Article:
City (1990 est. pop. 85,000) on the Crimean peninsula.
It is a major Black Sea port at the western end of the Feodosia Gulf. A popular Crimean sea and health resort, Feodosia has beaches, mineral springs, and mud baths.
The city occupies the site of ancient Theodosia, which was founded in the 6th century BC by Greek colonists from Miletus. Theodosia, noted for its grain exports, was destroyed by the Huns in the 4th century AD; it existed thereafter as an insignificant village until the Genoese arrived in the 13th century, established a flourishing trade colony, and virtually monopolised Black Sea commerce. Under their rule, the city was called Caffa or Kaffa and served as the chief port and administrative centre of Genoese possessions along the Black Sea coast.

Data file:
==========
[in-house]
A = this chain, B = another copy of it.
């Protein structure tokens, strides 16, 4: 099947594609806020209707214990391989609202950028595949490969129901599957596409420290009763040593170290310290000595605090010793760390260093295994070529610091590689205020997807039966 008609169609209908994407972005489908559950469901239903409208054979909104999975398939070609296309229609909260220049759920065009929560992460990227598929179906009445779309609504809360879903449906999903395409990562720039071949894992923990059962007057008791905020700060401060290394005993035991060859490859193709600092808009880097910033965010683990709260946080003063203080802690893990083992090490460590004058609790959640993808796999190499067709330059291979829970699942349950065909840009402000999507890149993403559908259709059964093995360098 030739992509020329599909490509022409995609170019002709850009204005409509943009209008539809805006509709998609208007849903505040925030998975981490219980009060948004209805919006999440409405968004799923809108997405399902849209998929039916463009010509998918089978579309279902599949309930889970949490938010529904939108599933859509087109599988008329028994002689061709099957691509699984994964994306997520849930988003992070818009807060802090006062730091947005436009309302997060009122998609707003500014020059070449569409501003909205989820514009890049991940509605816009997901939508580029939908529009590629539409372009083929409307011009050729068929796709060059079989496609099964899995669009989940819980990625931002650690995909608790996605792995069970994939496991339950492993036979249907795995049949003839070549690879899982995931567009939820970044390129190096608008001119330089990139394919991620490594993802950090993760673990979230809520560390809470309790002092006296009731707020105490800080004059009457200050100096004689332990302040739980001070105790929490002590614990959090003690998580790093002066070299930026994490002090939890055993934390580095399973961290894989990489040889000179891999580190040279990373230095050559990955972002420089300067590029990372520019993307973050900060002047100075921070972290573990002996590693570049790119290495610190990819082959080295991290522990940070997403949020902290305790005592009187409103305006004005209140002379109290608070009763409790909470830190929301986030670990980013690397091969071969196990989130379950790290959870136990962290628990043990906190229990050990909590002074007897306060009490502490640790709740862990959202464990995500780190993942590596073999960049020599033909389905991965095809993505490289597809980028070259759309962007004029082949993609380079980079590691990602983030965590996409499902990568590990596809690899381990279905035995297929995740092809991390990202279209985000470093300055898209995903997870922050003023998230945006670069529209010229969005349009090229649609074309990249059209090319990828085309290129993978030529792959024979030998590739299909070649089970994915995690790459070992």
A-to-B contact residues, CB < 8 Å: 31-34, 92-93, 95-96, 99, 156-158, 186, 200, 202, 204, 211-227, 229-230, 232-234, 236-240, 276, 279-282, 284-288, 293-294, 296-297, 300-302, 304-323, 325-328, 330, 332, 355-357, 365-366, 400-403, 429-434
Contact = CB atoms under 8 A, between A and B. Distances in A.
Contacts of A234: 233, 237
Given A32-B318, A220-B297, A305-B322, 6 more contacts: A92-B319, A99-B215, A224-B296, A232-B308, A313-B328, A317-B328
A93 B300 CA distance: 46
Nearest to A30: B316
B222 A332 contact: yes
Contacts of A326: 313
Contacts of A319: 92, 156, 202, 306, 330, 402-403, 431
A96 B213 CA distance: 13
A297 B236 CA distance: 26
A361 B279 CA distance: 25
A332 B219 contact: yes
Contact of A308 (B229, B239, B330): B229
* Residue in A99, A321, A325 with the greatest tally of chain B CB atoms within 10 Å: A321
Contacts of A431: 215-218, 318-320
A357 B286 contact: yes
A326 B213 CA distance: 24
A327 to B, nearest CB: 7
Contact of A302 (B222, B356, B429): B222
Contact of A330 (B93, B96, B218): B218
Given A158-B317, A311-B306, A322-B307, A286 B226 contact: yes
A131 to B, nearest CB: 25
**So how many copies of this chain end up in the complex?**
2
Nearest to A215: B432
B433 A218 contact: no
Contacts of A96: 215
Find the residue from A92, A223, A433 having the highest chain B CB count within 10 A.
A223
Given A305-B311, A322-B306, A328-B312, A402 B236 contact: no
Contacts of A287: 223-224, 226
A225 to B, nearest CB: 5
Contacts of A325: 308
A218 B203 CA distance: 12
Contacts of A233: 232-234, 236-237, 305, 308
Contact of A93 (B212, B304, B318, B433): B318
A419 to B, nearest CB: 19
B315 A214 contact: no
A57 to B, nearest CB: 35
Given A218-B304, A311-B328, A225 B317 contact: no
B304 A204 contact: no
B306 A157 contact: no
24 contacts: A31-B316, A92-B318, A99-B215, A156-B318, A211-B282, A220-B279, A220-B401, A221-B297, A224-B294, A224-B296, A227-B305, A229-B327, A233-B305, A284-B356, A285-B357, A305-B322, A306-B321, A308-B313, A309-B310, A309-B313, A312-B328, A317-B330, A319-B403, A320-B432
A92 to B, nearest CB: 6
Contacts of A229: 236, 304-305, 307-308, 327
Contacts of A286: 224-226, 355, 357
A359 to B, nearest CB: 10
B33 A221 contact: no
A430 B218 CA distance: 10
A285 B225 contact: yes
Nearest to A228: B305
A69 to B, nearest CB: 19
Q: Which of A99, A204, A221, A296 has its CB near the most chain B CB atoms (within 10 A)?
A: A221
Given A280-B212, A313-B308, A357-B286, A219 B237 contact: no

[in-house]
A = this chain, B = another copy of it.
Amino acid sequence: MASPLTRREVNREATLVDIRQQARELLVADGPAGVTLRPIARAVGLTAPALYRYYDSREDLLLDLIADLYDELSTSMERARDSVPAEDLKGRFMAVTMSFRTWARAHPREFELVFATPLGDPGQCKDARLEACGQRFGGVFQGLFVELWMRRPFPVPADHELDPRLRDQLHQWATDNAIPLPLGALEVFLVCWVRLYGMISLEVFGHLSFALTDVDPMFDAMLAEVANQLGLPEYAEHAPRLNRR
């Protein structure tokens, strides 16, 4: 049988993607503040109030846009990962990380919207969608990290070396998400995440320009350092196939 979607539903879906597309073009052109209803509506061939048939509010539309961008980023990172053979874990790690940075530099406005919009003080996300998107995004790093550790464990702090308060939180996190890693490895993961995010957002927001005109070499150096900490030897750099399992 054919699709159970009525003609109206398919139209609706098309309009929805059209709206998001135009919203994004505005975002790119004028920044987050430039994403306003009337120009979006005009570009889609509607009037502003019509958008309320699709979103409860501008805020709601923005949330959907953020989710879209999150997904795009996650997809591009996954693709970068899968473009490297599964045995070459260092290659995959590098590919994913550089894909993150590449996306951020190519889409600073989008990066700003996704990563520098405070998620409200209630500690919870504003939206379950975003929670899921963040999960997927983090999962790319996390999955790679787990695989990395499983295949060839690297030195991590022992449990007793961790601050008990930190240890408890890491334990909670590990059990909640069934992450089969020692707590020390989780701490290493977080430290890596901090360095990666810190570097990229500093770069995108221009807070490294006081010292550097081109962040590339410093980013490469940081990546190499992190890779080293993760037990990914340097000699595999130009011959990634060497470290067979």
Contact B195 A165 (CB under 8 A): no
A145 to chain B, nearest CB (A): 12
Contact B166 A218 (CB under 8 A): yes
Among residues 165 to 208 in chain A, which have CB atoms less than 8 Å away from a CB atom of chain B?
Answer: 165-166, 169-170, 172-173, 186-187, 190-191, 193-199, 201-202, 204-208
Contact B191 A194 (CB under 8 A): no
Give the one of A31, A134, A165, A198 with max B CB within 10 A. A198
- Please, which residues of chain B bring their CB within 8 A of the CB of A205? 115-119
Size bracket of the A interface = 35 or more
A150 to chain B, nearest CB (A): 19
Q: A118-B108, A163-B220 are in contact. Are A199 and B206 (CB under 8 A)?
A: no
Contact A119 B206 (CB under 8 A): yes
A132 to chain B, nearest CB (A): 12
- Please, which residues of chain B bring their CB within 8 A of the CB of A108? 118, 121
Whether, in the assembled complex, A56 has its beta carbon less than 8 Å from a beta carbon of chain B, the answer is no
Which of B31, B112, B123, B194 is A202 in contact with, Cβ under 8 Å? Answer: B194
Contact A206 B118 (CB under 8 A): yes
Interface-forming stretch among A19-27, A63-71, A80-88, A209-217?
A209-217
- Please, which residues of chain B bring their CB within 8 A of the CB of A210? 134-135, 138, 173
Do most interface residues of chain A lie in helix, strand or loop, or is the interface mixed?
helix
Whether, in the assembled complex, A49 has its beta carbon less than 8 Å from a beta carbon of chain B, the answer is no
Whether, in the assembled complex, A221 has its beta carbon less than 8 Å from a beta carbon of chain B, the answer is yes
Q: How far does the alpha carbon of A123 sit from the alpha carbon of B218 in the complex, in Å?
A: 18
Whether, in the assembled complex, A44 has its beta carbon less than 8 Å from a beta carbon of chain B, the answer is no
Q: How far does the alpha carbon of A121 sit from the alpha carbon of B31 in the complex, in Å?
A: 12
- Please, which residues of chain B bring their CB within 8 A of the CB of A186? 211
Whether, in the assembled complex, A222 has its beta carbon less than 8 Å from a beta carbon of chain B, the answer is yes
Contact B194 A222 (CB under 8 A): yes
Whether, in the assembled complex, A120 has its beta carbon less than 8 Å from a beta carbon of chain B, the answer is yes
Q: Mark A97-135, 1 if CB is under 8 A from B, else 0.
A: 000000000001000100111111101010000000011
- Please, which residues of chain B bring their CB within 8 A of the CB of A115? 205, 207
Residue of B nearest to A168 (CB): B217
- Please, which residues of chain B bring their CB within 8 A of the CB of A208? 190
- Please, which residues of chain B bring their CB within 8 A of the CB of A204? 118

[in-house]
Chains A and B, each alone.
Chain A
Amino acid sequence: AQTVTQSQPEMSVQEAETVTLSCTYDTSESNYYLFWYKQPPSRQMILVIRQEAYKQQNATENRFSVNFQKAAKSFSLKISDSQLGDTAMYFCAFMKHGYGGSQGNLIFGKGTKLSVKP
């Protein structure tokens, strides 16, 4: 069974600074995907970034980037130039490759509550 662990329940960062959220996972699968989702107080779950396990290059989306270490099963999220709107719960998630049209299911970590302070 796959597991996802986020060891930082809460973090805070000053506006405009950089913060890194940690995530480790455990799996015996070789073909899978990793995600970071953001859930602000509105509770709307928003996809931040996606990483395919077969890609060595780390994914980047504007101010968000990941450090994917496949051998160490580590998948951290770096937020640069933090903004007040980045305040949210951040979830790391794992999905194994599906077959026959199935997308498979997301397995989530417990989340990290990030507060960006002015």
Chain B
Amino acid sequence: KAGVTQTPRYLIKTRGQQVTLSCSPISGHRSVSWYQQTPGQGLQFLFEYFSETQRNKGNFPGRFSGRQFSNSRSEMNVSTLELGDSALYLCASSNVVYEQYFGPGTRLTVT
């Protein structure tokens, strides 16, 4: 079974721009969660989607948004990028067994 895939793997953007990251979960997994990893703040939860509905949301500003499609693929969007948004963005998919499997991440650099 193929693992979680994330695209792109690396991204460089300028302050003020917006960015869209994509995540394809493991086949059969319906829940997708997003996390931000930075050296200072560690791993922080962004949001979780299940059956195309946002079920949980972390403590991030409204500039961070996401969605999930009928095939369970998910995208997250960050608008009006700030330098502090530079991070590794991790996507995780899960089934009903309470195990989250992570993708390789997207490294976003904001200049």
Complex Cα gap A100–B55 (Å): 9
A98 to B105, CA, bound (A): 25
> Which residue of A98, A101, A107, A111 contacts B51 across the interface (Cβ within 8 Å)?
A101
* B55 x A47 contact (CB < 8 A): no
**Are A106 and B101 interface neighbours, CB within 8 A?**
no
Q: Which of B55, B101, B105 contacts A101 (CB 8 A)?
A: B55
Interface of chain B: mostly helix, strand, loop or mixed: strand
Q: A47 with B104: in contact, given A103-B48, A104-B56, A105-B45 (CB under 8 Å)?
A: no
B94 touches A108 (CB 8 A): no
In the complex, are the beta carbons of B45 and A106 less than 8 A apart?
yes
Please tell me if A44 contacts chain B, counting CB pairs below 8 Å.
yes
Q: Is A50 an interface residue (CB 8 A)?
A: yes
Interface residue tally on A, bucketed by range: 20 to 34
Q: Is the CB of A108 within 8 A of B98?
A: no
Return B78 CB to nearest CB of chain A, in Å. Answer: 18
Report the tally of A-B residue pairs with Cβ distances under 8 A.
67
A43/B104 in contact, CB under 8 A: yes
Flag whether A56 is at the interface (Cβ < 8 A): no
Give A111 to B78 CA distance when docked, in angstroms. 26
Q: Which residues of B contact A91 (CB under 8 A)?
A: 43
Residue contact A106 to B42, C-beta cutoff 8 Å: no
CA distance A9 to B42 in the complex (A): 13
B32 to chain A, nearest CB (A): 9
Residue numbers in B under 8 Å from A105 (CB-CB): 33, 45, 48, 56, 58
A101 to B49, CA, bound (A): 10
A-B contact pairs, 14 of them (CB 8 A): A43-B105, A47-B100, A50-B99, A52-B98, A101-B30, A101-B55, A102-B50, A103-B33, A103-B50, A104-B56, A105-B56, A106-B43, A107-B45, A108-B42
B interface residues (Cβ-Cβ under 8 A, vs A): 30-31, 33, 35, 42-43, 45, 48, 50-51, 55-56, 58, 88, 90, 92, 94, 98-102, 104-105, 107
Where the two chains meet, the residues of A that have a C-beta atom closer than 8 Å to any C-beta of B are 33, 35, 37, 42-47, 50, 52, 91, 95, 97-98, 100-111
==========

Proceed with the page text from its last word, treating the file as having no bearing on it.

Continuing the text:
The khan of Crimea, an ally of the Turks, conquered the city in 1475; it remained under Turko-Tatar control until Russia's annexation of the Crimea in 1783.
In 1802 it was named Feodosia.
The city is known for its museum of famous Russian painter Aivazovsky, who lived here.
German forces captured it twice during World War II.